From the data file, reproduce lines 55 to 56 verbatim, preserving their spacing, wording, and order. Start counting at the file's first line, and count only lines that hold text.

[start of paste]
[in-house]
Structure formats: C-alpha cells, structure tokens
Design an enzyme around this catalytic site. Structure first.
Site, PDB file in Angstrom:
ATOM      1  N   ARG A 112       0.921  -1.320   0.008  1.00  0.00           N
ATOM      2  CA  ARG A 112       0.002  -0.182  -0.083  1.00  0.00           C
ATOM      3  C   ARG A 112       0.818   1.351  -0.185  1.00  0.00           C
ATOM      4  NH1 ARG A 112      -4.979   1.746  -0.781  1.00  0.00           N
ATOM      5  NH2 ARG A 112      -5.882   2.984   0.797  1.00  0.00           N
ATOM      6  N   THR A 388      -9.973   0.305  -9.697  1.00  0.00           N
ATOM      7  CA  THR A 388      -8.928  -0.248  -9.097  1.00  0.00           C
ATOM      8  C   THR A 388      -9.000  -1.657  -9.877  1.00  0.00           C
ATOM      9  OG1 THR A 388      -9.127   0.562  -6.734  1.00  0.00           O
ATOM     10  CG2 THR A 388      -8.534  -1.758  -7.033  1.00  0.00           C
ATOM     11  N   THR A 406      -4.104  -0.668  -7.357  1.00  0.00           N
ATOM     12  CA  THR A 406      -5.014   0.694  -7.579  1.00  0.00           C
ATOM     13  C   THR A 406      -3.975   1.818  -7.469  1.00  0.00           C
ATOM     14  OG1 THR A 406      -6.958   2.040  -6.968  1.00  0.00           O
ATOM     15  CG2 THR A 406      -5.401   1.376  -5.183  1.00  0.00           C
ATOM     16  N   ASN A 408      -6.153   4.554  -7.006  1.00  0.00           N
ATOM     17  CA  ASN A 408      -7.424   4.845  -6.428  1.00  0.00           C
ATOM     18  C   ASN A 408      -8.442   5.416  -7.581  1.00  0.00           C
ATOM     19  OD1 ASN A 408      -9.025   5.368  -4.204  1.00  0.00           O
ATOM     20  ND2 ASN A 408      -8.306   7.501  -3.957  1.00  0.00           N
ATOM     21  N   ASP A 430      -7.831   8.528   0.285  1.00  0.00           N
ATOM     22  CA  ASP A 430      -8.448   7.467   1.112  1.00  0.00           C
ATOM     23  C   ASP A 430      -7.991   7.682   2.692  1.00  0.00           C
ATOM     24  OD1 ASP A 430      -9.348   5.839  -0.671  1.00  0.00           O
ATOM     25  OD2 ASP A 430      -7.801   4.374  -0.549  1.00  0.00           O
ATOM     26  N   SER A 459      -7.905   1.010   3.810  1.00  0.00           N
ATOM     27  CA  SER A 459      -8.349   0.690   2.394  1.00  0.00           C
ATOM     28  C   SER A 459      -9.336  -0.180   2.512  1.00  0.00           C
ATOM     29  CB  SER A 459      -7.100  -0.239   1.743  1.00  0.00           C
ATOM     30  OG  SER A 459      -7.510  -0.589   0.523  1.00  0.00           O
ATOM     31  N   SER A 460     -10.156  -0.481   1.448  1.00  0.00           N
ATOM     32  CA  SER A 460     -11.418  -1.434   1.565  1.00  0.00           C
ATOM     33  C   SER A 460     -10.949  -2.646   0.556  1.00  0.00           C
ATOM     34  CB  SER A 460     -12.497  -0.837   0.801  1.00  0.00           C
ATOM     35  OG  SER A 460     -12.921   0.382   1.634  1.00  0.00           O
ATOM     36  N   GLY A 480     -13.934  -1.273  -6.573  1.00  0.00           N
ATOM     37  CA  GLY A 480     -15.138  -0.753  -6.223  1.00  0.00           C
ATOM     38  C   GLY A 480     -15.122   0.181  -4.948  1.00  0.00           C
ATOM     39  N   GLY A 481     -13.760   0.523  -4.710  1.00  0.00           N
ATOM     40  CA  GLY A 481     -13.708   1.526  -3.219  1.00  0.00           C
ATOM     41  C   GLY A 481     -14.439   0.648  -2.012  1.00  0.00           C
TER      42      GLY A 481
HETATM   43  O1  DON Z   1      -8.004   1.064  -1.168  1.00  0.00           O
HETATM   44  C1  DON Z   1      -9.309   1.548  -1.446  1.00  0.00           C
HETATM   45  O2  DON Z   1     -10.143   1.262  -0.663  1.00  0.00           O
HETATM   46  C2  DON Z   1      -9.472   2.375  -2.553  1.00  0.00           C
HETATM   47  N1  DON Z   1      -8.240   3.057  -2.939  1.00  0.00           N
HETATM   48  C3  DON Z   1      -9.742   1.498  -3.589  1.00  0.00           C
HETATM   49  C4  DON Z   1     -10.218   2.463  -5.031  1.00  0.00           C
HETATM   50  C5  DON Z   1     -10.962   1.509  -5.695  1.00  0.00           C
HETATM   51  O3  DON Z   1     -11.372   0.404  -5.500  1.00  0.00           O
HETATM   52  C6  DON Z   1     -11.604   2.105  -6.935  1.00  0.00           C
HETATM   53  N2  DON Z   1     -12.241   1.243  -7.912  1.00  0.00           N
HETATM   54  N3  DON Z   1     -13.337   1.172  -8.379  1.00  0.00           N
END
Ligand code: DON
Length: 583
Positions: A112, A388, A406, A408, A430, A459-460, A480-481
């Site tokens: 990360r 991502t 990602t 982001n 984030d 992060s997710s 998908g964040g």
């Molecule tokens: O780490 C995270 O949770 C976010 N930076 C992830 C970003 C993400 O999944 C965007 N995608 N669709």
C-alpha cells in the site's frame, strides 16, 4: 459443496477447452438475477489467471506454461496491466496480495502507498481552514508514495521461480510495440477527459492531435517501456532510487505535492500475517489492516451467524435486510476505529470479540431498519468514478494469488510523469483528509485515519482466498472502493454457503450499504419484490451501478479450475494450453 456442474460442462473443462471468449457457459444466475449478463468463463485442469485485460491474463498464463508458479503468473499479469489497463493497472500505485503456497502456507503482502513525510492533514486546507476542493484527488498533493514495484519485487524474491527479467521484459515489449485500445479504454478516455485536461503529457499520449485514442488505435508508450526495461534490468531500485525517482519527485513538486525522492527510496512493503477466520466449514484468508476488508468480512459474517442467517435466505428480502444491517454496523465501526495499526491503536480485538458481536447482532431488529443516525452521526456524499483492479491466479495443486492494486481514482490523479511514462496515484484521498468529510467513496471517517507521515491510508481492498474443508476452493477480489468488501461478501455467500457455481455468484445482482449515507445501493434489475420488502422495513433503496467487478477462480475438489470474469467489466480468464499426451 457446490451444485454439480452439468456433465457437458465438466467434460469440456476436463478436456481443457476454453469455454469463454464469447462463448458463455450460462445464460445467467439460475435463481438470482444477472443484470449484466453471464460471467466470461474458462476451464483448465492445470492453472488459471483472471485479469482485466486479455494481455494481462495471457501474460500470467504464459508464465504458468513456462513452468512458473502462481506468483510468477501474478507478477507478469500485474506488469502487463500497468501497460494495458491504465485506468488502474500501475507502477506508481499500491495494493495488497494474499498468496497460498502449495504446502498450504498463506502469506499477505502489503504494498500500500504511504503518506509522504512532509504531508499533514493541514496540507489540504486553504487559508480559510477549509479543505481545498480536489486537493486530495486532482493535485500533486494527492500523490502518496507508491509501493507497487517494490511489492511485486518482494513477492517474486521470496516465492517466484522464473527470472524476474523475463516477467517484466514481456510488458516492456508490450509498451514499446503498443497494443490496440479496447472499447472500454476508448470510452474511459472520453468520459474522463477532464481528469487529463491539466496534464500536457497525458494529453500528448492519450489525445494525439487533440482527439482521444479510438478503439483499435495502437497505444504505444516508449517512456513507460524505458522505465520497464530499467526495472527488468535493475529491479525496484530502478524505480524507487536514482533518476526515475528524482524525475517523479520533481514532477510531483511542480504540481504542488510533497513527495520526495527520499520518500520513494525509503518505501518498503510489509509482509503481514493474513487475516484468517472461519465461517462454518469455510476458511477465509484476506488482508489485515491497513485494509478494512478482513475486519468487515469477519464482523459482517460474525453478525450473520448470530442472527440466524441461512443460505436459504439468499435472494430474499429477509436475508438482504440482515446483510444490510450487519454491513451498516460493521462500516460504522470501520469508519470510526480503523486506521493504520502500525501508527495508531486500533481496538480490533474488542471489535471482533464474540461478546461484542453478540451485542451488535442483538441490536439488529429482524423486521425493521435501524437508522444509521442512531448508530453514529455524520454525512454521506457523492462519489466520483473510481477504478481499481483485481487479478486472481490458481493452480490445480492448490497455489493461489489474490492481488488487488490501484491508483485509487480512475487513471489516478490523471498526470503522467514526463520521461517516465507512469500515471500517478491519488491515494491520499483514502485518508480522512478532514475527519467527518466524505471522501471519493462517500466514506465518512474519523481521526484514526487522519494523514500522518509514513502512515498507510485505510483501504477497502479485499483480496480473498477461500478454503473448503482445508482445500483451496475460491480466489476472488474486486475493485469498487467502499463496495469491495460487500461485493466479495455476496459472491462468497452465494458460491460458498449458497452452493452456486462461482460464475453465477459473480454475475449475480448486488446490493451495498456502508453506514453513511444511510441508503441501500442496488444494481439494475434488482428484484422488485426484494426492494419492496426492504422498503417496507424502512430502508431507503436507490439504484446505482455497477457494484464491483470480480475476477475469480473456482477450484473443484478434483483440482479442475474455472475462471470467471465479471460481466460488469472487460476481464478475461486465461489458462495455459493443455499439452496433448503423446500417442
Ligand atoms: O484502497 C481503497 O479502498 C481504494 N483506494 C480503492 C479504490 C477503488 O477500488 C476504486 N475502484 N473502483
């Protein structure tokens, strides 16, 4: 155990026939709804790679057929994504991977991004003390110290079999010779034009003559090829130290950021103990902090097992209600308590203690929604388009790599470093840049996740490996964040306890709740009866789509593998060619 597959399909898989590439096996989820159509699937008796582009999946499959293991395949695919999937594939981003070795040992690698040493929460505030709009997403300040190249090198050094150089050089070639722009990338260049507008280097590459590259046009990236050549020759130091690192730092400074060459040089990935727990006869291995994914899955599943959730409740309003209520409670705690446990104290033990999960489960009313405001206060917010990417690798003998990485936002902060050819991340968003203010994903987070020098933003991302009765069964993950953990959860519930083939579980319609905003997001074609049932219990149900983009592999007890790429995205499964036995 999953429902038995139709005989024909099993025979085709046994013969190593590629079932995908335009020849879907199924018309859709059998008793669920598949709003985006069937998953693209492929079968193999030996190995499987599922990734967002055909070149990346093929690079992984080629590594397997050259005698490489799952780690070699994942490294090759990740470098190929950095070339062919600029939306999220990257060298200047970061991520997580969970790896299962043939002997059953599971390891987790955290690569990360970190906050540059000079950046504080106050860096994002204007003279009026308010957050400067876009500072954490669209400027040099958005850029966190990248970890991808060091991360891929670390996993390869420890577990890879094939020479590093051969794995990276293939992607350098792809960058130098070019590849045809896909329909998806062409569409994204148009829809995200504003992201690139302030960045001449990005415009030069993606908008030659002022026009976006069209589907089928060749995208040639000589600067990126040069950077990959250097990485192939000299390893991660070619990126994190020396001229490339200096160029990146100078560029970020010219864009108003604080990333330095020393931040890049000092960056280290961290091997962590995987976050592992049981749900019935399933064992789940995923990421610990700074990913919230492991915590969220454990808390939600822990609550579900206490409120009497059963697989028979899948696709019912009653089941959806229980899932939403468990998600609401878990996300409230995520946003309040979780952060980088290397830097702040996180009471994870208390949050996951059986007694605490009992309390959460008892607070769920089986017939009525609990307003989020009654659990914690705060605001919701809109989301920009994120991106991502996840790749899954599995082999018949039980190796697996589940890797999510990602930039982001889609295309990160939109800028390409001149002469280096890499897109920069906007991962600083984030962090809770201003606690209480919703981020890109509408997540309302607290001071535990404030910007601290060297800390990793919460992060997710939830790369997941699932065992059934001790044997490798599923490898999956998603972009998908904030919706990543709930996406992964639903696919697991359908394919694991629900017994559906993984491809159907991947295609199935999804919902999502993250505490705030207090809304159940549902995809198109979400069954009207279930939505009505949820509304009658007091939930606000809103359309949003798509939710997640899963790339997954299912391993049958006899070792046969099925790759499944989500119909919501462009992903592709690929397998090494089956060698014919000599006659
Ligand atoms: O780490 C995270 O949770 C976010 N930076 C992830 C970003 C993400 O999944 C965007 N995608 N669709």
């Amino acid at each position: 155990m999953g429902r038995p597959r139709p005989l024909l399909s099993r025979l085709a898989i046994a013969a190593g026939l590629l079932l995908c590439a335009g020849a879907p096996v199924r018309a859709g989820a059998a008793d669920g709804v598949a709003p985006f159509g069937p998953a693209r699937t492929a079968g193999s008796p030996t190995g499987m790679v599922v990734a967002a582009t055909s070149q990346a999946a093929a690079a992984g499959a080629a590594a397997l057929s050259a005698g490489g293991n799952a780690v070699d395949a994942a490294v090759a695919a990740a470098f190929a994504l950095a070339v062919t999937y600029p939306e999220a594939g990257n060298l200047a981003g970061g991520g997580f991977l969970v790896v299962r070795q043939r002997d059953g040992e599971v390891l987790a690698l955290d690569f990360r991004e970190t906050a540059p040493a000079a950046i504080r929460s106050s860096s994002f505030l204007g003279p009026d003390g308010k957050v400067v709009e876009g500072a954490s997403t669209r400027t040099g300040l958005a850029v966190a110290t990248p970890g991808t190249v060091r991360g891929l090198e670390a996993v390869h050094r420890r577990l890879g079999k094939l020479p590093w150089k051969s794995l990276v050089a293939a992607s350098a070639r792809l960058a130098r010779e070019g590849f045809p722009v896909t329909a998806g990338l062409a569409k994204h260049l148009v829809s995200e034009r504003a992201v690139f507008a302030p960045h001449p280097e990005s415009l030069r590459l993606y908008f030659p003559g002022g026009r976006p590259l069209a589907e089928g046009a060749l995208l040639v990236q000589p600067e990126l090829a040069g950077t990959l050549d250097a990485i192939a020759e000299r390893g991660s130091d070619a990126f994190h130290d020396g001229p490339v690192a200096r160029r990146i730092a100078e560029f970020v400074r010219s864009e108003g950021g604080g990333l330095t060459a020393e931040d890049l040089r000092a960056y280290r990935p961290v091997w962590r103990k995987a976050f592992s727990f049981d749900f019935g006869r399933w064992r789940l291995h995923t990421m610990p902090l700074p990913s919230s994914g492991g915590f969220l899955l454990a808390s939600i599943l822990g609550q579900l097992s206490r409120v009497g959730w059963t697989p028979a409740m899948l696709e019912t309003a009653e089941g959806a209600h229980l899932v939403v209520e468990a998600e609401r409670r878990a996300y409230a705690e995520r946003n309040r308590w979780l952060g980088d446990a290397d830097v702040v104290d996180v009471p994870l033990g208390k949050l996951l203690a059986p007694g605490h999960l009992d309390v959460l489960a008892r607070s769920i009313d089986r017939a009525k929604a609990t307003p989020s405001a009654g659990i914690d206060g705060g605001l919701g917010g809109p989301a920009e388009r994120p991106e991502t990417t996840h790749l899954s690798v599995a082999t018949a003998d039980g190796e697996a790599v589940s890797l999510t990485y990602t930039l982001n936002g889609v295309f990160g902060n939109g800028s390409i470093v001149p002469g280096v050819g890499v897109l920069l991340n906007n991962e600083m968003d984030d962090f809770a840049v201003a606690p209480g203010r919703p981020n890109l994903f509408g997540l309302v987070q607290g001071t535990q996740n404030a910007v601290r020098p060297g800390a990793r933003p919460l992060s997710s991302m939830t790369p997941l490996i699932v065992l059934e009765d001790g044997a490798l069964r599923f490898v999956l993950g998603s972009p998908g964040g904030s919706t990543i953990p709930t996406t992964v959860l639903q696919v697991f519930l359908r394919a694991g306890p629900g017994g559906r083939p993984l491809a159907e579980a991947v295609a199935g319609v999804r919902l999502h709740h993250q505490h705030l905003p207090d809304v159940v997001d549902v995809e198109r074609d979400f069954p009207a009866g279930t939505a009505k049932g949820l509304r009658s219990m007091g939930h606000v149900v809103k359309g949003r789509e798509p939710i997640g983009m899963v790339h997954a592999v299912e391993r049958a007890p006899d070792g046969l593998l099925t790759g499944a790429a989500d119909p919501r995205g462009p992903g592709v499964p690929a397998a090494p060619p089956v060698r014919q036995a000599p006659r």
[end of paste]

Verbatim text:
HETATM   51  O3  DON Z   1     -11.372   0.404  -5.500  1.00  0.00           O
HETATM   52  C6  DON Z   1     -11.604   2.105  -6.935  1.00  0.00           C